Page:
Biking was way up early on, but the anecdotal evidence available to me is starting to arrange itself into a pattern of a dramatic drop in bicycling, as cyclists have lost confidence that the roads are safe enough anymore. Just talked to a neighbor who got road-raged by motorists twice in a single day yesterday: once while on his bicycle, once while on his motorcycle.

Hello, Kitty
Guest
Hello, Kitty

Give it time. Once they realize they are free from the yoke of the oppressive police state and are instead governed by collective social mores and the strictures of human conscience, I’m confident drivers will stop reacting to government violence and will start driving more courteously. Community standards will be a much more effective regulator of misbehavior than government thugs ever were, and we’ll all feel safer on the streets.

2021 will be a banner year for urban bicycling, and, really, for everything.

X
Guest
X

It might be a good year to buy a lightly used $3000 bicycle for cheap. However by that logic there should be several of those 83 pound Bakfiets on sale for $500.

Douglas Kelso
Guest
Douglas Kelso

I genuinely don’t get how offering a discount based on a merchant’s subjective evaluation of a customer’s “race” is even remotely legal. It looks to me like Rivendell is just begging to be sued. Have they run their proposal past a lawyer?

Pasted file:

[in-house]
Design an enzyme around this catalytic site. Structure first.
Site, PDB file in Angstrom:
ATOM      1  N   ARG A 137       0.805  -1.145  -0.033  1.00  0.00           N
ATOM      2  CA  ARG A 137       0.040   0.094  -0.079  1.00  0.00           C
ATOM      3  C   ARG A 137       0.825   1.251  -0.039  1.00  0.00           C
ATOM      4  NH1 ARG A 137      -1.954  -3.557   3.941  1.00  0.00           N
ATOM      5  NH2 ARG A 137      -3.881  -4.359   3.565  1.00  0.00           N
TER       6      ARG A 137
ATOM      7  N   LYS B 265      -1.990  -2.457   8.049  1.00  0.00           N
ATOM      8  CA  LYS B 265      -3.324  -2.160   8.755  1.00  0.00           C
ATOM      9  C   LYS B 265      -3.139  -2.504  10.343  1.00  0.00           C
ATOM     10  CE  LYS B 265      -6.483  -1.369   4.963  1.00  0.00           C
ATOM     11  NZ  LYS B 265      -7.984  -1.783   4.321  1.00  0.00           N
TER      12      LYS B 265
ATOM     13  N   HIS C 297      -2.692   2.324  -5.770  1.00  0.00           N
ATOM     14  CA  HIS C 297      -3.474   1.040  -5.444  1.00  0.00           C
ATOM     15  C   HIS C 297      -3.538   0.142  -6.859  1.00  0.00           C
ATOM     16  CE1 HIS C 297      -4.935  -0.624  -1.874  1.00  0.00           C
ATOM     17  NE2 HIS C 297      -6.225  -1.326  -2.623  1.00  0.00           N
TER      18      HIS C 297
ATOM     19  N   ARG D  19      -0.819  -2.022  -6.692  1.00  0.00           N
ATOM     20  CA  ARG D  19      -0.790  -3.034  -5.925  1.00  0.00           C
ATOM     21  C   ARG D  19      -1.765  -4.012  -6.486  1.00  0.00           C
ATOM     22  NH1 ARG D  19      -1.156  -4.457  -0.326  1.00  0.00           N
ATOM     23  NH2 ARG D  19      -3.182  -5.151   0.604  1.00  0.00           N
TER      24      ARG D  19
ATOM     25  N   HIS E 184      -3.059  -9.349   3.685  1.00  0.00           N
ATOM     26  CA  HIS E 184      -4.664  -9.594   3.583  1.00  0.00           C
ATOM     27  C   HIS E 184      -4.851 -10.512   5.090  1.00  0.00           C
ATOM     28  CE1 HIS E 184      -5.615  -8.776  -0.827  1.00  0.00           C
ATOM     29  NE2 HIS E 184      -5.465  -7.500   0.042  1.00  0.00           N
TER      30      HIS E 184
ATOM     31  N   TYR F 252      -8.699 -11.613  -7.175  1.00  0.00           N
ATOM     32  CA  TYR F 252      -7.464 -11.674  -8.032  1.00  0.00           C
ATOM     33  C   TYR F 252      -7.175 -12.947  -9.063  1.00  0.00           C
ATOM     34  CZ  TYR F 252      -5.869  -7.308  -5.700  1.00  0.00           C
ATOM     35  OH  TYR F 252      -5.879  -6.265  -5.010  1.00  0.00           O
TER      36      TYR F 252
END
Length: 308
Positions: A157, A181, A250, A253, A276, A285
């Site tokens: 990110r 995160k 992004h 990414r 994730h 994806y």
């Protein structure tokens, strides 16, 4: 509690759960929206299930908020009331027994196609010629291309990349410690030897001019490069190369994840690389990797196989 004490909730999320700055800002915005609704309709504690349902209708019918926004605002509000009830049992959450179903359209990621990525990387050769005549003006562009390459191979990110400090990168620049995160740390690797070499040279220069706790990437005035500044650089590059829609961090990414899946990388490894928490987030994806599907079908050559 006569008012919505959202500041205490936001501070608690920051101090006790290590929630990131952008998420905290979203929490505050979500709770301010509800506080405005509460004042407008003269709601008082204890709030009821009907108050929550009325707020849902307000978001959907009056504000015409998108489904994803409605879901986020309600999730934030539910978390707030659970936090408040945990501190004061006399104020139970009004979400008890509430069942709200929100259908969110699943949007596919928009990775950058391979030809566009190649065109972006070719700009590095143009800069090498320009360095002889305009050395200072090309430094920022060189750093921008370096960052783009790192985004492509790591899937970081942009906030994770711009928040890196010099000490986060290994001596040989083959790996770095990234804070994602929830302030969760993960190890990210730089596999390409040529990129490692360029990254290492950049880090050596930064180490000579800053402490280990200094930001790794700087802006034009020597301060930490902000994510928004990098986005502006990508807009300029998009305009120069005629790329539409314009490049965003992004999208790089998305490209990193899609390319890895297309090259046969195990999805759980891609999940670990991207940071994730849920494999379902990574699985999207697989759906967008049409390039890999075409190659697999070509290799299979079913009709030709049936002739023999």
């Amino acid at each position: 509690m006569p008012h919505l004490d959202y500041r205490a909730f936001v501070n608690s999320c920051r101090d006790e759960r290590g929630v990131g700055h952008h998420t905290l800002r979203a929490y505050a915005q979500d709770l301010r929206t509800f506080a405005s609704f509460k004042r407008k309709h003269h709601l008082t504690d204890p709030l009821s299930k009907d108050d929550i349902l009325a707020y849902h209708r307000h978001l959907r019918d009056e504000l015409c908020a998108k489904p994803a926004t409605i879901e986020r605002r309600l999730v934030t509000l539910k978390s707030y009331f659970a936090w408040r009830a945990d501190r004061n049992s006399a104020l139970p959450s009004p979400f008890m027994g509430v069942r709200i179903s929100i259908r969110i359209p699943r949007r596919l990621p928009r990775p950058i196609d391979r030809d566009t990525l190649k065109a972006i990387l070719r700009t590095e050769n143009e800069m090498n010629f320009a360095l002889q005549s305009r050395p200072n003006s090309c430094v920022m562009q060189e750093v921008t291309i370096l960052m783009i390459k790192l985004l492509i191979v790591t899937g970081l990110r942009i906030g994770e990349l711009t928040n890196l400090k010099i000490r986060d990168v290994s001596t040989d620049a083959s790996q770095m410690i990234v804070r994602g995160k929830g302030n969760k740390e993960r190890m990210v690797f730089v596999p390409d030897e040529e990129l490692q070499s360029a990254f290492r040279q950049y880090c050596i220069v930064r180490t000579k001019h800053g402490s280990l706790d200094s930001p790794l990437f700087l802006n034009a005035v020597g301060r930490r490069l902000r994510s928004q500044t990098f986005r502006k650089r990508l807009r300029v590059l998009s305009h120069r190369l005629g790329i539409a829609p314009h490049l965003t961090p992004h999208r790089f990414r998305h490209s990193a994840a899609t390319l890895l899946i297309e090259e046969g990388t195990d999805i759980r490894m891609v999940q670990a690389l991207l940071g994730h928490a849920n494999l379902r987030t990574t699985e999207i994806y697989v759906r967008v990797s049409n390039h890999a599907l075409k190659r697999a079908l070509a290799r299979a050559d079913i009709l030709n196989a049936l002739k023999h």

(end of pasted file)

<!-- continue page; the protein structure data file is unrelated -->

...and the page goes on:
Middle of the Road Guy
Guest
Middle of the Road Guy

They did – it was Jackie Chiles.

Jason
Guest
Jason

How is race subjective?

Hello, Kitty
Guest
Hello, Kitty

Would Tiger Woods qualify for the discount, and if so, what objective rule did you apply to arrive at that answer? If you find that difficult to answer, that’s how race is subjective.

Jason
Guest
Jason

This isn’t difficult to answer in the slightest. He is African American, therefore he qualifies.

Hello, Kitty
Guest
Hello, Kitty

I’m afraid to ask how you arrived at that conclusion, but not everyone (including Woods himself) would label him “African American”. That’s why it subjective.

Jason
Guest
Jason

Tiger Woods self identifies as Cablinasian. A word that he made up to express his multi-ethnic background. Which includes African American. But it’s a word that doesn’t have any true meaning, since he is the sole arbiter of it’s definition.

There is no ambiguity to his ethnic background, it’s not as cut and dried as you want it to be, but it is not subjective. There is nothing subjective about saying “Tiger Woods is African American, Thai, a little Dutch, Chinese and Native American. This is verifiable and transcends “lived experience”, founded on biological and sociological facts.